Truly He taught us to love one another
His law is love and His gospel is peaceO Holy Night
Our understanding of peace is often based on cultural usage. From the perspective of geopolitics, peace boils down to the absence of violence. The hippie counterculture of the 1960s co-opted the term, appropriating this anti-armament usage and adding a heaping dose of “I’m okay, you’re okay” ideology. A generation later, we’re left with a term that amounts to little more than “go along to get along.”
The meaning of peace was also up for grabs in the world into which Jesus was born. Pax Romana in the first century world was peace through bloodshed, the kind of “peace” that came at the tip of a spear. One came to know this peace by submitting oneself to Roman rule, by asserting the sovereignty of Caesar as the son of God, the lord of the earth. Go along, enjoy peace. Buck the system and, well, you can imagine.
But in the world of the Scriptures, peace is shalom, a Hebrew word that indicates the rightness of relationship. Shalom imagines a whole and healthy relationship with God, a communion with the Creator of heaven and earth as the center of one’s being. But true shalom spills out from this core into other relationships. Shalom draws the two of us into right relationship as well, with generosity and compassion and good will for one another. And shalom also draws me into right relationship with the created order, meaning that I seek the alignment of the earthly sphere and the spiritual sphere. This seems to be the understanding behind the prayer of Jesus: “Your kingdom come, your will be done, on earth as it is in heaven.” All of this flows out of shalom.
Few terms in the Hebrew imagination were so all-encompassing. Thus, shalom became more than a mere theological term; rather, it came to be the standard issue greeting for God’s people, conferred as a word of blessing upon neighbors, friends, and family members alike. The highest blessing I can seek on your behalf is that you might know shalom, that you would enjoy right relationship with God, with others, and with all of creation. This gets at the heart of how the term “peace” is understood in the Scriptures.
My favorite line of “O Holy Night” captures the essence of biblical shalom:
Truly He taught us to love one another
His law is love and His gospel is peace
In the Incarnation, Jesus has come to reclaim heaven’s peace here on earth. He enters into human experience in order to restore shalom as a possibility for us once more. Sin severs the communion between God and man, but not irreparably. You could say that shalom is so important that God the Son left the throne room of heaven to put on flesh in order to restore us back to Himself. But this Good News requires us to be honest about the bad news. “I’m okay, you’re okay,” fails to capture the enormous debt of our sin. The Incarnation is a stark reminder of the cost of peace on our behalf. He became one of us to save all of us.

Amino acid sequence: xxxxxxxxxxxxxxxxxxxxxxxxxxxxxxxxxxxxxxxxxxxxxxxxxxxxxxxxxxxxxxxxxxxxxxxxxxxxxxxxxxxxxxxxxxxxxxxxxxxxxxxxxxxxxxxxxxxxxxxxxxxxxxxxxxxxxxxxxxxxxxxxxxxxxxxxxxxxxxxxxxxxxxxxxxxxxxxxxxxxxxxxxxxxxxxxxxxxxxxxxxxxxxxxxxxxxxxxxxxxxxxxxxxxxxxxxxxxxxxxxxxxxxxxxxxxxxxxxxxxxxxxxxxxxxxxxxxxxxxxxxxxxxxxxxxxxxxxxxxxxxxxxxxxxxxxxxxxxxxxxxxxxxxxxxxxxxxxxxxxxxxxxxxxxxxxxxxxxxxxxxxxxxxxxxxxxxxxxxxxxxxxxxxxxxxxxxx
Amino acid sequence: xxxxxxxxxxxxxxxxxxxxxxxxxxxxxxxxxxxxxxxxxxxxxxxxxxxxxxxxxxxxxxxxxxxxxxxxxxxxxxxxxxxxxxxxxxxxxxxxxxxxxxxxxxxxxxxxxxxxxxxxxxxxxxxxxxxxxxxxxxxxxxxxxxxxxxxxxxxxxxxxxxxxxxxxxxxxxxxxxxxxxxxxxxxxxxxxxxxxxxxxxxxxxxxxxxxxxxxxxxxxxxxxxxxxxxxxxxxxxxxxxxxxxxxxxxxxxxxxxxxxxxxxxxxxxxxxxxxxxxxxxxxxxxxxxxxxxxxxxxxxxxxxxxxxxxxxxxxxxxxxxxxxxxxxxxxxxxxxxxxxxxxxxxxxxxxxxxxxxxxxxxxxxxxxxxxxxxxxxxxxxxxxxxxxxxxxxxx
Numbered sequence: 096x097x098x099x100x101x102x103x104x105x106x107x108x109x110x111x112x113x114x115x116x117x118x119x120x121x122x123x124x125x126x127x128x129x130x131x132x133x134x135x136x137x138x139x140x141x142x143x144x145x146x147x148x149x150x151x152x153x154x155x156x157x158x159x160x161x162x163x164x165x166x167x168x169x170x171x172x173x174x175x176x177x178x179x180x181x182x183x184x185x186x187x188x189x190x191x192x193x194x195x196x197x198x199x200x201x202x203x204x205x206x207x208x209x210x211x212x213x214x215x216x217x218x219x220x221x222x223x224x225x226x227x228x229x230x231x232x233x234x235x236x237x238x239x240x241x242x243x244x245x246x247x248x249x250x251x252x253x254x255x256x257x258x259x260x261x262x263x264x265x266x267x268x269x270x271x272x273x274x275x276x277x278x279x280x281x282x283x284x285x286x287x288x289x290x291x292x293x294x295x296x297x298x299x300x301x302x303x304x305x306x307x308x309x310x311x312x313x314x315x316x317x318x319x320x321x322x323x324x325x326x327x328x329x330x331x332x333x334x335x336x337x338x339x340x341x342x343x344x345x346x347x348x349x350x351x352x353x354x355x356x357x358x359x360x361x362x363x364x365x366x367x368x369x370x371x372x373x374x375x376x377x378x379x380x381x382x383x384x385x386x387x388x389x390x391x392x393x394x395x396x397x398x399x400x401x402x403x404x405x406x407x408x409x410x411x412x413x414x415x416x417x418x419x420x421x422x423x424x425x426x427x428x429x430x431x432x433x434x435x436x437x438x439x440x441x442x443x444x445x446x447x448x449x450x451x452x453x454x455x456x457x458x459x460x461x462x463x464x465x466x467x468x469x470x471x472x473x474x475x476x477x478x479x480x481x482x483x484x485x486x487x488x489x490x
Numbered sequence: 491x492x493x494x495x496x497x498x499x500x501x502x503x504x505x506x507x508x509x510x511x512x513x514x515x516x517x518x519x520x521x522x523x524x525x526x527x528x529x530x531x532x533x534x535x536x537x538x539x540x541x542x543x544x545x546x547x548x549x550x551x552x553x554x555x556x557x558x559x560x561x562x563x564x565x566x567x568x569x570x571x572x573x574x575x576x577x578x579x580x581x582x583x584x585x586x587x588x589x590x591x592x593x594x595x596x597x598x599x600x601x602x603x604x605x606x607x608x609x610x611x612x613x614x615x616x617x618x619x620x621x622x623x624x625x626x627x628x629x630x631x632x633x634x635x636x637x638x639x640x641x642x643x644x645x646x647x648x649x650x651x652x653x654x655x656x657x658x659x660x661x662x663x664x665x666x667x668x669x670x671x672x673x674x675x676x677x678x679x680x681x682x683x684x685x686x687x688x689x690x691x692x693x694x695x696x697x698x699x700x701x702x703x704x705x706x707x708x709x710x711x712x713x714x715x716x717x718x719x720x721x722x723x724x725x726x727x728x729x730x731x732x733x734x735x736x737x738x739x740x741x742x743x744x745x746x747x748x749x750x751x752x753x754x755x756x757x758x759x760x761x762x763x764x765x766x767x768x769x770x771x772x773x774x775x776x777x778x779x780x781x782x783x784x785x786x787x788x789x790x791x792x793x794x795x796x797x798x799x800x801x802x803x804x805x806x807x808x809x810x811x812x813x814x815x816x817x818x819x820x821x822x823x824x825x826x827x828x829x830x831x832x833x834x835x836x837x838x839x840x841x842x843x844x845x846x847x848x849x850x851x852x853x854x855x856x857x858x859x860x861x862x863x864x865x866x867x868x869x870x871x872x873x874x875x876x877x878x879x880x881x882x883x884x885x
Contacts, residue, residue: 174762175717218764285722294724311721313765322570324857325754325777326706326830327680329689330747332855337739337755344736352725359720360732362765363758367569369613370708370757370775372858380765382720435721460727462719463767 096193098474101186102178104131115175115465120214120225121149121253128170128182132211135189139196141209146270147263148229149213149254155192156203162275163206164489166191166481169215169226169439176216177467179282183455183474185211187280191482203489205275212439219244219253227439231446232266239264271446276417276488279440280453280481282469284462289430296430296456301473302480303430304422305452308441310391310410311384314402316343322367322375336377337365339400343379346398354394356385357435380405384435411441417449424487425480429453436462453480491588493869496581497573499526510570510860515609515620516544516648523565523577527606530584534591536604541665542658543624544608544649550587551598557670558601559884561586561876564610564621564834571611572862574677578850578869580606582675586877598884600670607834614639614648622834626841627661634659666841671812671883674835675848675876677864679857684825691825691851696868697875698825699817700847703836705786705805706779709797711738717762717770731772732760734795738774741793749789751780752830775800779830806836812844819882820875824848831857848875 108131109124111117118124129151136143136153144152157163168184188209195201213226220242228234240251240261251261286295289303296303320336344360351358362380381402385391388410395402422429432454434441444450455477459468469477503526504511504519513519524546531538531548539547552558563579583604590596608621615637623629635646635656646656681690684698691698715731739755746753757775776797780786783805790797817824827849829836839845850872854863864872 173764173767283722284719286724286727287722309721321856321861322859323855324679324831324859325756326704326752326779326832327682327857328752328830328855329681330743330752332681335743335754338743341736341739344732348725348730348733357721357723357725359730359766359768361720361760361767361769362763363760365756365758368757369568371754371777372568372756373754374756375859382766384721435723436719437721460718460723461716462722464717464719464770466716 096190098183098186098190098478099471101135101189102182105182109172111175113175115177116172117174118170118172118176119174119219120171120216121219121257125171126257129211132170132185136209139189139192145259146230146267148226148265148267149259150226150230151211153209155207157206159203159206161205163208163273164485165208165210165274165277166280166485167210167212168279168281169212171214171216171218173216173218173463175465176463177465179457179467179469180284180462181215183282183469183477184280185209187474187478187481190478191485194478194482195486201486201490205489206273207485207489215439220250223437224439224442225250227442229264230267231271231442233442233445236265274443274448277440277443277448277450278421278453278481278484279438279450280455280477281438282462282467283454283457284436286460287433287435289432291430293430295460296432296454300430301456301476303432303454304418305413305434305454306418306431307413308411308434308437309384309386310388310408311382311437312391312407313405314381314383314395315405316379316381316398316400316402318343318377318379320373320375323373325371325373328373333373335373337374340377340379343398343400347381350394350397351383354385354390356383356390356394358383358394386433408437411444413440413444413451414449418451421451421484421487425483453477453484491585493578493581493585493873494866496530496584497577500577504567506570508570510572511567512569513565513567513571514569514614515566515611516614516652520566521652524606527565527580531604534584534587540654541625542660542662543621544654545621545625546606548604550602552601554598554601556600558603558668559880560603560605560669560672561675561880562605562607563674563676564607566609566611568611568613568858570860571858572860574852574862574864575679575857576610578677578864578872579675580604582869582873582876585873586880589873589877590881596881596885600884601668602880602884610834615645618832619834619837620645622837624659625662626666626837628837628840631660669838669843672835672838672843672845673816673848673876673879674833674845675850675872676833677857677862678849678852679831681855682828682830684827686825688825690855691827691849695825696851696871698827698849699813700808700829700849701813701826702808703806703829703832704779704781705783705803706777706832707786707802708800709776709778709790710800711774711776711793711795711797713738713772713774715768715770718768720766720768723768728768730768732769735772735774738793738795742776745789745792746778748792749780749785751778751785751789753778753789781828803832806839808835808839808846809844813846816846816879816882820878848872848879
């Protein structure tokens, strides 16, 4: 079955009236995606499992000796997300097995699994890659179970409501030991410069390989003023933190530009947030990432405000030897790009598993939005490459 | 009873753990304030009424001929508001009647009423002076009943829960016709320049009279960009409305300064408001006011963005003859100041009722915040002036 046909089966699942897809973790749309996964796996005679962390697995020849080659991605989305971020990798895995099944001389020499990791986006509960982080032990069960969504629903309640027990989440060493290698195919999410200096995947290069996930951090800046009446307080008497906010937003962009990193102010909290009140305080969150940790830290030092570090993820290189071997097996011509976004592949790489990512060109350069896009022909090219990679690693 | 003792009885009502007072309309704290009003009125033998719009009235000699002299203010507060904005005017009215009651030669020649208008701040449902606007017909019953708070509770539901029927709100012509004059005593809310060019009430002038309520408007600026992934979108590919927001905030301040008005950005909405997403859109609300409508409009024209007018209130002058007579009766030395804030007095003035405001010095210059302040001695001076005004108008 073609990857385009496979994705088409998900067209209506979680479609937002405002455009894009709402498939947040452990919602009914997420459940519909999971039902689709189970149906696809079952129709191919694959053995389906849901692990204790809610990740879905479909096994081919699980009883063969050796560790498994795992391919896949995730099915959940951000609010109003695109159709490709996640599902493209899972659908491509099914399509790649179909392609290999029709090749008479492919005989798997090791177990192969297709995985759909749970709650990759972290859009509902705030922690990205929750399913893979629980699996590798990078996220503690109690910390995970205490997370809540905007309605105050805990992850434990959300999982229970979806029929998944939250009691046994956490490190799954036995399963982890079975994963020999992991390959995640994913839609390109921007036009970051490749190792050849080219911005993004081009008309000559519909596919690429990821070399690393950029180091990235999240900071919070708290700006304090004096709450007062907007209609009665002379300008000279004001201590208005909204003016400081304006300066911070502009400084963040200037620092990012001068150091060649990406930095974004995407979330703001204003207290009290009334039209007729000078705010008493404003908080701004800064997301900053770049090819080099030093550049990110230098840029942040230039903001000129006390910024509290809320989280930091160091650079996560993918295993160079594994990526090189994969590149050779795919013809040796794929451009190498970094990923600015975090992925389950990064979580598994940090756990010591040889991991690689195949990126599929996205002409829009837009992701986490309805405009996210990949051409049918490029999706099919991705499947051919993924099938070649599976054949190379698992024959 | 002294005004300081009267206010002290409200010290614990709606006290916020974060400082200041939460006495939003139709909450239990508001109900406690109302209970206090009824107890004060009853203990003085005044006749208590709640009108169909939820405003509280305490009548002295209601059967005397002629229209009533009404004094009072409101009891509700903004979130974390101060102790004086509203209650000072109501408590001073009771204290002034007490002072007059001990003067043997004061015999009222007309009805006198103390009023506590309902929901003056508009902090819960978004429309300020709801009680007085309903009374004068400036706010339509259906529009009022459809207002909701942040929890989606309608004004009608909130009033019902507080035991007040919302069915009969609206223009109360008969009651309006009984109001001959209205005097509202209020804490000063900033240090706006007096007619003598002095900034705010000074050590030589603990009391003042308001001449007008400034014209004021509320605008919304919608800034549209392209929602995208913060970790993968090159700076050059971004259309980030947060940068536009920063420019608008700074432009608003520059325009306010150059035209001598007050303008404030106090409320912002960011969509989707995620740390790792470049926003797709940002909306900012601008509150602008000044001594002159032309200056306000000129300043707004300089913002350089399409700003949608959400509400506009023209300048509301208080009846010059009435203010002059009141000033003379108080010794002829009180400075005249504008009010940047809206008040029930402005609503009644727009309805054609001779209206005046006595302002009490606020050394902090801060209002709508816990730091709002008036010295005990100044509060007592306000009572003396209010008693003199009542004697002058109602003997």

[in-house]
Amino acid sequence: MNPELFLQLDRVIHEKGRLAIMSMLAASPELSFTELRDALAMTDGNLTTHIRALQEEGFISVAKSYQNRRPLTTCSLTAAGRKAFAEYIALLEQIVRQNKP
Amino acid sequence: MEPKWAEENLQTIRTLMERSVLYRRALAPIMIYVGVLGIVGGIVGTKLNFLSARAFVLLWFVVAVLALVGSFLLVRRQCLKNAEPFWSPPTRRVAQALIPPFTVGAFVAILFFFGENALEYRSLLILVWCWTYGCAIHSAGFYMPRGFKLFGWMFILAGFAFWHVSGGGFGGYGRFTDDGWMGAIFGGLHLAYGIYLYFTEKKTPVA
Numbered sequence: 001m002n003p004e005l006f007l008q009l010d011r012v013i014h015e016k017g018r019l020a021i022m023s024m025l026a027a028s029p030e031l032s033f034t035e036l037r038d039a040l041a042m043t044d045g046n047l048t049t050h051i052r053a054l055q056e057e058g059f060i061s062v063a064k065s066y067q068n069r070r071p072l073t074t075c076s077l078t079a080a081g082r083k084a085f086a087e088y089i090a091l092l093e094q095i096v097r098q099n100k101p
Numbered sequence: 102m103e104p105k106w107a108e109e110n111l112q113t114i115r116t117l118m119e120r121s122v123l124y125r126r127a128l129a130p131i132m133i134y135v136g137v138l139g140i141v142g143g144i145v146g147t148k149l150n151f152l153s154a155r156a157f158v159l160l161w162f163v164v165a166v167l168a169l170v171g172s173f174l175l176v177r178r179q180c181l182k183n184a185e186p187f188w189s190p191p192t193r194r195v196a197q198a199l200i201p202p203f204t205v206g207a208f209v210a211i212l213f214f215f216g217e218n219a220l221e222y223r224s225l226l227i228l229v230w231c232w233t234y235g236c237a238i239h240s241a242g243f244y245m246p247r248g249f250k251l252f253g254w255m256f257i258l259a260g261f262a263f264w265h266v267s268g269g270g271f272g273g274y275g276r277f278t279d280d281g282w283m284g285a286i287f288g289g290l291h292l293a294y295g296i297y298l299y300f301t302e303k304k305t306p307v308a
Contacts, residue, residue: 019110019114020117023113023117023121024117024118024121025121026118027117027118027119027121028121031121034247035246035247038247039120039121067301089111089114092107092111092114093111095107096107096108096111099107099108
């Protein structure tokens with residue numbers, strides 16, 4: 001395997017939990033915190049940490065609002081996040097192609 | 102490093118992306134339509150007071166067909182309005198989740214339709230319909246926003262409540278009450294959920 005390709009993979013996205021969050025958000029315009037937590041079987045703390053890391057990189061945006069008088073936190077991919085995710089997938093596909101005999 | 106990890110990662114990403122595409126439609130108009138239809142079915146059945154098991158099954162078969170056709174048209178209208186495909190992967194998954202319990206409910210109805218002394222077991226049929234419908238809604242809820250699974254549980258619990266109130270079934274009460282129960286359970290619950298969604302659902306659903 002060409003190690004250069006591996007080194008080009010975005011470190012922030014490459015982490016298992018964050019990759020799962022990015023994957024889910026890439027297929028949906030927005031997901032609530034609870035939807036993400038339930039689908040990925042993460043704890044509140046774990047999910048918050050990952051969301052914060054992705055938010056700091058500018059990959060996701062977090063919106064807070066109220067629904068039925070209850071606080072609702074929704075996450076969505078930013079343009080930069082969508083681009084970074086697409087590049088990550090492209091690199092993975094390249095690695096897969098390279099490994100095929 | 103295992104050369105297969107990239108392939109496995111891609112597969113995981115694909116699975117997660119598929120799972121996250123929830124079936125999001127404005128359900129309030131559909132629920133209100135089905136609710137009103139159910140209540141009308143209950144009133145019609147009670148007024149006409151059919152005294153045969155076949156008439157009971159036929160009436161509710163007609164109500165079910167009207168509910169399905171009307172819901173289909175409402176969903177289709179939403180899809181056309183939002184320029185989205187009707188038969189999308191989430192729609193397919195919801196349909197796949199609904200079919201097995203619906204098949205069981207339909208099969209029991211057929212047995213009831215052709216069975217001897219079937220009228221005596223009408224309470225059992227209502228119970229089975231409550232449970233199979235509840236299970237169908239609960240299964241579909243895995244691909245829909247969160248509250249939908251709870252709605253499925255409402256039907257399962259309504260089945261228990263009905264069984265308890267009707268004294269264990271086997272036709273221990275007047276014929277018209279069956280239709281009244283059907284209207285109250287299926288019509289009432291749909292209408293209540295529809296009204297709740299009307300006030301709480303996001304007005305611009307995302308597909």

This shalom-making mission would require bloodshed. But in a notable departure from the Pax Romana, the blood would not be exacted from a conquered people, but rather on behalf of those enslaved. And even more radically, the true son of God and lord of the earth would willingly offer up Himself, sacrificially donating His own blood as an act of love that re-creates the world and makes shalom possible.
In this child, it will be possible for us to enjoy the rightness of relationship once more. The shalom communion enjoyed for all eternity by God the Father and God the Son and God the Spirit is now extended to us. Through Jesus we are invited into lively fellowship with God, with one another, and with all creation. This is the Good News: shalom has come near. And the surest sign of this shalom is the fulfillment of His law: to love one another.
Love does no wrong to a neighbor; therefore love is the fulfilling of the law.Romans 13:10
We celebrate the One whose law is love and whose gospel is shalom.
This season, may our hearts be arrested by true shalom.
May we enjoy rich communion with our Creator God. May we find rest in His presence.
May our fellowship with one another be robust. May we laugh deeply and love with our whole hearts.
May we hearken the alignment of heaven and earth. May we see and respond in kind.
May we find the gift of God’s shalom in Jesus, for He is our peace (Eph. 2:14).